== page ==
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The Role of Bible Translations

© P. Gerard Damsteegt

Adventists Affirm, Fall 1992


The early Adventists solved their perplexity over the interpretation of the prophecies through the help of Bible translations that gave a literal reading of the Greek New Testament text. So today Seventh-day Adventists can still find the best support for their understanding of the sanctuary from translations that stay as close as possible to the original text. Such translations follow the principle of "complete equivalence," which attempts to preserve all the information of the original text.

A growing number of modern translations, called "dynamic translations," do not follow this principle. Rather, they paraphrase the text when the translators want to make its meaning relevant for today's readers. Using the principle of "dynamic equivalence" they render the phrase "then the sanctuary shall be cleansed" (Dan 8:14) with such expressions as "then the sanctuary will be reconsecrated" (NIV) or "then the Temple will be restored" (TEV). These are obvious attempts to translate the text in the light of the rededication and restoration of the Jerusalem temple by the Jews after its defilement by Antiochus Epiphanes.

During the controversy among Seventh-day Adventists in 1979-1980 over the issue of the sanctuary, the opposition to the view of Christ's two phase ministry in heaven frequently appealed to the New International Version, a new dynamic translation that was touted as the most accurate product of Biblical scholarship. In its rendering of the Book of Hebrews, this translation portrayed the total scope of Christ's heavenly ministry in the framework of the Day of Atonement. Consequently, the translators did not leave readers in any doubt that after His ascension Christ entered the most holy place and began His Day of Atonement ministry. Notice these examples: our hope "enters the inner sanctuary behind the curtain;" "the way into the Most Holy Place had not yet been disclosed as long as the first tabernacle was still standing;" and Christ "entered the Most Holy Place once for all by His own blood" (Heb 6:19; 9:8, 12 NIV).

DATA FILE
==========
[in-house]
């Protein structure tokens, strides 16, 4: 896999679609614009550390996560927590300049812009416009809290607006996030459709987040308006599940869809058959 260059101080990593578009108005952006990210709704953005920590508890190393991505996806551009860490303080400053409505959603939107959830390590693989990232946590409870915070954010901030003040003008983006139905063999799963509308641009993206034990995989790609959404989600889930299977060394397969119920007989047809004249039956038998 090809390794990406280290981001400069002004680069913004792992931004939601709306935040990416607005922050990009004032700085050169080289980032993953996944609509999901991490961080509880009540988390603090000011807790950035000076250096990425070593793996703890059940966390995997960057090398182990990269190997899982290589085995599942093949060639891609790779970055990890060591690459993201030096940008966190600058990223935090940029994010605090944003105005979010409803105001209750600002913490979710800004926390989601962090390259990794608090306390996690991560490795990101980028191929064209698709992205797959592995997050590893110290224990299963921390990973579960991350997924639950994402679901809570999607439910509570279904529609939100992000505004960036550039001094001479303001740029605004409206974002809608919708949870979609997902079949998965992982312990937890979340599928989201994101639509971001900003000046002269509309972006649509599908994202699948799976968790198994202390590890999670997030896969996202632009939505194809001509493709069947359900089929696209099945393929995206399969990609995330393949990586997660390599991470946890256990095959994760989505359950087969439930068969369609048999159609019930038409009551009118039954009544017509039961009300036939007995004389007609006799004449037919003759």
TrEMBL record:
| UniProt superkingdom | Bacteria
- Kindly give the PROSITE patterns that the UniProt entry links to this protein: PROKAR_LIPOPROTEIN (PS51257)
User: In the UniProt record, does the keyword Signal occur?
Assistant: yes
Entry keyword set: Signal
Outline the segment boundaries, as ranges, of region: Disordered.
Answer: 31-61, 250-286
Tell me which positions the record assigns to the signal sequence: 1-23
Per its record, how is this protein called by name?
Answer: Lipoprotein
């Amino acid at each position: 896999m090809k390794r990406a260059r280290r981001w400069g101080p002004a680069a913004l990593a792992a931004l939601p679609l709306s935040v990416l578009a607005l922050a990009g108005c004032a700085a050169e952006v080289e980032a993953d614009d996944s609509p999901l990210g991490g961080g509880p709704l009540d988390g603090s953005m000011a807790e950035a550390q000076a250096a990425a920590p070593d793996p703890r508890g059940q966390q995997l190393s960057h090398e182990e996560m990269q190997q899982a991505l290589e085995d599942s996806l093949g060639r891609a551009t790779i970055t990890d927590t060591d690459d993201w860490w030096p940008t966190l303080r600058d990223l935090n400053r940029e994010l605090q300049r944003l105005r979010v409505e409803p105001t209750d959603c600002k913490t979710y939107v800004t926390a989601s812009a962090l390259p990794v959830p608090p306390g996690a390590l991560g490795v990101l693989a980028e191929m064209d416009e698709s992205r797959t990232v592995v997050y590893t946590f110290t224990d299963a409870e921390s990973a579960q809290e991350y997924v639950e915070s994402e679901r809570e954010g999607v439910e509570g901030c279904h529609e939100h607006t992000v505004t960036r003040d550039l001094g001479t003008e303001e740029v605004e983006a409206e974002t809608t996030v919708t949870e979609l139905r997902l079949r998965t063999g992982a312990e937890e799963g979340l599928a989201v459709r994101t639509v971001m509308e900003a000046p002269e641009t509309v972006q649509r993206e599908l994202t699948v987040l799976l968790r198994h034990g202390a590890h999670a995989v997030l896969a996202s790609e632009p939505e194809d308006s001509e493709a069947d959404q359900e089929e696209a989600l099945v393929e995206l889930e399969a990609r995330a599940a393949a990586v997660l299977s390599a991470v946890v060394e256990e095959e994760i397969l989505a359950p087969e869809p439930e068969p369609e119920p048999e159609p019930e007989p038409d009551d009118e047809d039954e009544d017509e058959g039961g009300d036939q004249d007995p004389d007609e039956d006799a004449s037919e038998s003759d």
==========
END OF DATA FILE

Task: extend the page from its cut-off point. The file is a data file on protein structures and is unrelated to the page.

When this translation came out it was heavily advertised in the church's ministerial monthly. Recently it was voted to use this version for "the memory verses for the cradle roll, kindergarten and Primary Sabbath school divisions" (Adventist Review, Dec. 12, 1991).

We find no unworthy intent here. Certainly there is much good in this translation; we can commend its clarity, readability, and in many instances, its accuracy. But have its advocates tried to use it to share the Adventist understanding of the sanctuary doctrine with others? Those who are on the cutting edge of evangelism know that this translation directly contradicts the New Testament foundations of the sanctuary doctrine.

Shall we promote a translation that undermines the Biblical foundations of the sanctuary doctrine? In times of no controversy over this doctrine, there is little reason for concern. But when the sanctuary again comes under close scrutiny from both within and without the church, believers will experience a rude awakening when they discover that their favorite and trusted translation does not support their church's view of the sanctuary. A disrupting and traumatic crisis of confidence may follow, which could seriously affect their relationship with the church.

Seventh-day Adventists who desire a modern translation would do well to make their primary Bible a version that follows the Biblical text as closely as possible, such as the New American Standard Bible or the New King James Version. Such versions will be most effective in sharing the present truth. This does not mean one should avoid dynamic translations; they are helpful for textual comparisons and finding relevant expressions. But students of the Bible must realize that the best and most accurate insights are obtained by using translations which preserve all the information of the Biblical text, leaving the interpretation to the reader.

The experience of the early Adventists clearly demonstrates the wisdom of staying as close as possible to a literal reading of the text. As long as Seventh-day Adventists follow this practice, there is no danger for the effective transmission of the present truth contained in God's last message of mercy that was discovered by the early believers. This proclamation calls attention to their new insight that the world is living in the time of the finishing of "the mystery of God" and Christ has embarked on His closing intercessory work for the salvation of humanity in the sanctuary just prior to His return. In this work He graciously offers His righteousness as a final gesture of mercy to all who are willing to accept it.